This course explores, discusses, and analyzes the requirements for development of a comprehensive Risk Management Program for the protection of critical infrastructure assets, with particular emphasis on critical infrastructure protection within transportation systems. Areas of focus include Risk Assessment Methodologies; the prioritization of assets for capital and resource allocation; the development of protection strategies; Cost Benefit Analyses; and Business Plan development. Students will achieve and demonstrate a thorough practical understanding of asset prioritization principles, risk assessment methodologies, and capital/resource allocation for effective Critical Infrastructure Protection, particularly for transportation critical infrastructure facilities and components. Elective course.

HMS 657 – The Planning Process for Homeland Security and Transportation Security Management
The need to address long-range security challenges across the multiple disciplines and partners within the Homeland Security enterprise highlights the importance of effective Homeland Security planning and planning processes. Effective planning involves the identification of clear tasks and purposes, promotes frequent interaction between and among stakeholders, guides preparedness activities, establishes implementation procedures, and provides measures to synchronize actions. This course examines the entire planning process from the formation of a planning team, to the analysis of hazards and courses of action, to testing and validating plans by conducting exercises. Utilizing a case-study approach and with particular focus on surface transportation security planning issues, this course addresses operational planning by state and local governments, catastrophic planning at the state and regional levels, and the range of strategies and skill sets that are required to achieve successful planning and successful outcomes. Elective course.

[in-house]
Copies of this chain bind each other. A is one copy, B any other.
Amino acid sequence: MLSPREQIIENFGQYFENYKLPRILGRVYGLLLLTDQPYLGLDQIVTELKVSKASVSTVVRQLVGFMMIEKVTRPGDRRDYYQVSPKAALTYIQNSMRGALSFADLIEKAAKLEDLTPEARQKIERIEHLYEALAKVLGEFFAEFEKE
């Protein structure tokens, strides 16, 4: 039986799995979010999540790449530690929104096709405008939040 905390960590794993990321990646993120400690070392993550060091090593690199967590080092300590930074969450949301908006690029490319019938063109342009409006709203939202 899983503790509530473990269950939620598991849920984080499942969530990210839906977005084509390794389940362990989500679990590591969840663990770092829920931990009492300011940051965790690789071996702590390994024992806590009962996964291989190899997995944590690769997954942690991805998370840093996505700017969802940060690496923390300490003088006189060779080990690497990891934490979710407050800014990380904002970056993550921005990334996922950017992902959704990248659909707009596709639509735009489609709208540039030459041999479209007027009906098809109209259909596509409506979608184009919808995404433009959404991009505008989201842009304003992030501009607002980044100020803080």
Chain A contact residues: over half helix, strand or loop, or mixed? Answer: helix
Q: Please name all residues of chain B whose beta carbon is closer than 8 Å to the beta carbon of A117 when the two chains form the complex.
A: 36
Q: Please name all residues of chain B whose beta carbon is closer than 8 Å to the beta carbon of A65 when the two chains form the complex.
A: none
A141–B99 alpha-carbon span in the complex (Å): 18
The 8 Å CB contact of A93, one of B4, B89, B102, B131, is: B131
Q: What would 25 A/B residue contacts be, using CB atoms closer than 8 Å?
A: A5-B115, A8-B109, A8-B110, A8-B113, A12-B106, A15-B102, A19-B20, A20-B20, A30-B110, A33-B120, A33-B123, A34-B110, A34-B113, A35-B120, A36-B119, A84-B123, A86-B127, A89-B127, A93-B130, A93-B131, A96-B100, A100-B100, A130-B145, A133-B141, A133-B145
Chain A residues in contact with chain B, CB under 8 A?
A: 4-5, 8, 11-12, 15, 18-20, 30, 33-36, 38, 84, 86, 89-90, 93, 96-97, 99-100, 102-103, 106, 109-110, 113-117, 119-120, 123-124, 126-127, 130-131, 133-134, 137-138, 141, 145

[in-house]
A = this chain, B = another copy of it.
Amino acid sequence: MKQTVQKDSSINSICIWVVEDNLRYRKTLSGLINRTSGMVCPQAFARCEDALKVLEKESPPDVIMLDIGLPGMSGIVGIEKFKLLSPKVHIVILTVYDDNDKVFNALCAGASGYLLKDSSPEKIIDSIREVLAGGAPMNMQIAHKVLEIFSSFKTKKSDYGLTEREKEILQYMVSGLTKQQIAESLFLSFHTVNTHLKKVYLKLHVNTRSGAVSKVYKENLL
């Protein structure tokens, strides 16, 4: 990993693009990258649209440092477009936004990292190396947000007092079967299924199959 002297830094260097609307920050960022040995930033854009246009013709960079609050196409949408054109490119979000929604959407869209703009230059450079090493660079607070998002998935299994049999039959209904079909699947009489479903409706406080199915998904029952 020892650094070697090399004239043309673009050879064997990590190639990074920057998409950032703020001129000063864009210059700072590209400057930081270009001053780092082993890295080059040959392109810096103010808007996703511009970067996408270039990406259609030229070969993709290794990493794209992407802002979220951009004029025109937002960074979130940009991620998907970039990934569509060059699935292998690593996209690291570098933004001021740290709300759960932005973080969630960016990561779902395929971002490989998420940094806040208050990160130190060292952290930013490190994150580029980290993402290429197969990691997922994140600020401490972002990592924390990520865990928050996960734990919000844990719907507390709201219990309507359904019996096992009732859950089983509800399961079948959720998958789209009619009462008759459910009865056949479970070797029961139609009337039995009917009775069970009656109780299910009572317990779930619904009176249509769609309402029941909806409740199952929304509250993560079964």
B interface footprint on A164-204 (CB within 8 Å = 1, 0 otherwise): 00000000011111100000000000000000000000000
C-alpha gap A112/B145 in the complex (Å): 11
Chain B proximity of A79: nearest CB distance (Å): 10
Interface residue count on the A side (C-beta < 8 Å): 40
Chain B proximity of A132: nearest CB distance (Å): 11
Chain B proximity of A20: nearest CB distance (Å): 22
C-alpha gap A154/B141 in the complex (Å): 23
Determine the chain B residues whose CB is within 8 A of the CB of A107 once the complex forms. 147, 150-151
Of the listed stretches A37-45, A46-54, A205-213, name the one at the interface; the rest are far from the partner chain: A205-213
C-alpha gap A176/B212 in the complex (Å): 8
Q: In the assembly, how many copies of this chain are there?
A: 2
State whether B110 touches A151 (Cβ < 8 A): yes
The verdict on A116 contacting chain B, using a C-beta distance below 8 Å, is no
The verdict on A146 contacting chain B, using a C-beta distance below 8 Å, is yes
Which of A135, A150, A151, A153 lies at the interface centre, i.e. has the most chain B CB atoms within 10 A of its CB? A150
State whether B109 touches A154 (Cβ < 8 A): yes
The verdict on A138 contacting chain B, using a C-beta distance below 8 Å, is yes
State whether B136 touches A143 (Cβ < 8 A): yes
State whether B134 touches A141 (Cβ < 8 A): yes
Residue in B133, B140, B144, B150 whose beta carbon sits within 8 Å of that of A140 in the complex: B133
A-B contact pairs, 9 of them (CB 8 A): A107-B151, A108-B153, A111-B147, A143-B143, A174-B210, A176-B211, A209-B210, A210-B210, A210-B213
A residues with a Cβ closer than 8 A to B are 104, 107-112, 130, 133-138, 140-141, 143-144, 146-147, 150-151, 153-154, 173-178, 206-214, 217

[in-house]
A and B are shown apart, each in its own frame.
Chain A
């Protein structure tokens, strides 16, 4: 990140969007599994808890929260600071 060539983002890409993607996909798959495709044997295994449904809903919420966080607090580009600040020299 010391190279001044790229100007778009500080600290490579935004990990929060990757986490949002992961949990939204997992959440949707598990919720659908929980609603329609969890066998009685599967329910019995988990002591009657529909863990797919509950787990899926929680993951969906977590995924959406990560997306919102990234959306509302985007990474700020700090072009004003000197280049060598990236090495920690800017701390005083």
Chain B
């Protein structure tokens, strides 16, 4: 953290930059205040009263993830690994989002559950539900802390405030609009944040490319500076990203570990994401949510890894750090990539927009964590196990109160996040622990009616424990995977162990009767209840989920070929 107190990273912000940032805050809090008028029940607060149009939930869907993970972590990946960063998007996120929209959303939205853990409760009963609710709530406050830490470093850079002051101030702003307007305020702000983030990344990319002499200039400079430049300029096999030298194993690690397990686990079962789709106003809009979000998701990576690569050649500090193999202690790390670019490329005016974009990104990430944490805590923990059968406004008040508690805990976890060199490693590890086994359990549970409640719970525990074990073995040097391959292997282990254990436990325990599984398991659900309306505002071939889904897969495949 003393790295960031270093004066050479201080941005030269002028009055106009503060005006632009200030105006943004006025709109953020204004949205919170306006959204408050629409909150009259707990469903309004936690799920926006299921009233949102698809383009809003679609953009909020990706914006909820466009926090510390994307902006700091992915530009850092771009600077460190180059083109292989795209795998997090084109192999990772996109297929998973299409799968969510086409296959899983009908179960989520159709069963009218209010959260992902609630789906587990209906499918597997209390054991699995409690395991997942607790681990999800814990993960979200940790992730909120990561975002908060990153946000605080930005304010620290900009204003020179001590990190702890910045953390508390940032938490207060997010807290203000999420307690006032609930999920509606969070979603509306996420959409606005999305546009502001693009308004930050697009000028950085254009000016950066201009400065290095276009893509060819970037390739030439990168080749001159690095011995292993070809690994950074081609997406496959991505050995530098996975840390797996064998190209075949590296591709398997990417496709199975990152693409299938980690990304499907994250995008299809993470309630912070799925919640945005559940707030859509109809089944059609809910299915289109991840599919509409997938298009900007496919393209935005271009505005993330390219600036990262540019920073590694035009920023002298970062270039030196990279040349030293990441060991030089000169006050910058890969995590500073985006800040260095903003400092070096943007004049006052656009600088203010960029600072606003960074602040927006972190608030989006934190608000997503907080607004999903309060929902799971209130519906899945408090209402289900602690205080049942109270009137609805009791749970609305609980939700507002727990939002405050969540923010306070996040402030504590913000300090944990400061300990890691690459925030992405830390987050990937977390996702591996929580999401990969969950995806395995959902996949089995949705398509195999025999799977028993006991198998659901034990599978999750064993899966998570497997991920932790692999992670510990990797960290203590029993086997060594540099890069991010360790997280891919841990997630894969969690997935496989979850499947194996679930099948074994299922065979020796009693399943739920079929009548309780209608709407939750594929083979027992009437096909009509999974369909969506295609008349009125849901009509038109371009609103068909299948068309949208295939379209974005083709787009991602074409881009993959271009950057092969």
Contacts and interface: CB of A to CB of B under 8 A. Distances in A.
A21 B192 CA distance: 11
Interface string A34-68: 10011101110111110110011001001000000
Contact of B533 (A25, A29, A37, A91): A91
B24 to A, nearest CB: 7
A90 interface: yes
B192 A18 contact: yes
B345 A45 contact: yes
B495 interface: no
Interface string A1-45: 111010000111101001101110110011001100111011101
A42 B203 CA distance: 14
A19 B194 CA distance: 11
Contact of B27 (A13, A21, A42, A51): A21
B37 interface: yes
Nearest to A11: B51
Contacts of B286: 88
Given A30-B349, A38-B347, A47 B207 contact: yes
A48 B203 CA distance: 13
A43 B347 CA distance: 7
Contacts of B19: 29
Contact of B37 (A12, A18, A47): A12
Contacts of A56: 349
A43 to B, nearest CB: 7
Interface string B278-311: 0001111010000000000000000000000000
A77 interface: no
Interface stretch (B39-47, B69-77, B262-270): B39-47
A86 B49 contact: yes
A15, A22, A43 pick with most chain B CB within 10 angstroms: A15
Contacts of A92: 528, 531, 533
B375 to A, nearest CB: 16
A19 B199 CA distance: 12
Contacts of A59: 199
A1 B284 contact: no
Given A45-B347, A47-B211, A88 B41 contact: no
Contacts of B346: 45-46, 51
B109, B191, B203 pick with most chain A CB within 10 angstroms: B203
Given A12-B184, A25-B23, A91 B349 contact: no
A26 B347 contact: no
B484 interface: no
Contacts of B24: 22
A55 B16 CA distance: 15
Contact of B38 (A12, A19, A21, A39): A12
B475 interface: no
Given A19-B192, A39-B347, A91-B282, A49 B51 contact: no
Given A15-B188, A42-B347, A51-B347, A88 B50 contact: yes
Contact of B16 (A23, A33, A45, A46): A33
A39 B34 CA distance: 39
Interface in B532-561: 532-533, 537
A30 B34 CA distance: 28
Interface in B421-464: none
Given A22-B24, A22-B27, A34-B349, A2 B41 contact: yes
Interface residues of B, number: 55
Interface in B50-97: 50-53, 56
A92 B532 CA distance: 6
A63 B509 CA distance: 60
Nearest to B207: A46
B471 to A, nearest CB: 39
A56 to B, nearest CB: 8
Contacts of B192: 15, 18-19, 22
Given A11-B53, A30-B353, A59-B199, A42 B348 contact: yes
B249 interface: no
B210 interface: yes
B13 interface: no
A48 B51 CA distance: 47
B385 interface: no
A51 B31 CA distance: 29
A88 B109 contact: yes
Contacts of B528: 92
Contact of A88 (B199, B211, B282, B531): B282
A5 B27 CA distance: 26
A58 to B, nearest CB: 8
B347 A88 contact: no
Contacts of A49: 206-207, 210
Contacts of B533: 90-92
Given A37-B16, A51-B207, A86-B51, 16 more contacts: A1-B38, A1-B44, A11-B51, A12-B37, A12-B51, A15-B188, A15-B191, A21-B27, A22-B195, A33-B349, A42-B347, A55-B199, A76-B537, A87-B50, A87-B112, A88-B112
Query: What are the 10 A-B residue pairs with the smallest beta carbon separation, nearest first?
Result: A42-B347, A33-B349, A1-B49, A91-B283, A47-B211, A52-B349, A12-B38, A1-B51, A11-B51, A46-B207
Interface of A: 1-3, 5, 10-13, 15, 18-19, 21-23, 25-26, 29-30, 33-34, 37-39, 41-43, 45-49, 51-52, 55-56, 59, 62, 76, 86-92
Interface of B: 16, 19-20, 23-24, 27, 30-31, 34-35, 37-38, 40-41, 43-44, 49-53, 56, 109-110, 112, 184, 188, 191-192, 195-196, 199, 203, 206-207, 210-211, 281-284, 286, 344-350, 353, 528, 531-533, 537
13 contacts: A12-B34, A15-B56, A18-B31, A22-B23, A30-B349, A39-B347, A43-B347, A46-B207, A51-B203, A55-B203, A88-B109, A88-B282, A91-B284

HMS 658 Ė Cyber Security: Issues and Policy in Transportation and Critical Infrastructure Protection
This course provides an in-depth examination of the role that cyber security plays in our society and its impact on the Homeland Security enterprise by exploring the overall phenomena of cyber security issues, with particular emphasis on transportation and critical infrastructure protection. The present state of the debate surrounding cyber security and the current policies in place to deal with these issues will be examined in detail. Additionally, cyber war, cyber crime, cyber espionage, and cyber terrorism will all be considered. Students will analyze the policy implications of these subjects, achieve a detailed understanding of the issues, and acquire the knowledge and insights Homeland Security managers and executives need in order to deal effectively with the cyber threats we face. This is not a tactical level technology-oriented course, but rather it provides students with a comprehensive understanding of the cyber landscape in which we must all function. A particular focus will be given to the effect that cyber means and threats have on critical infrastructure, using case studies from the transportation sector. No special technical background is required for this course. Elective course.

HMS 660 - Funding and Grant Evaluation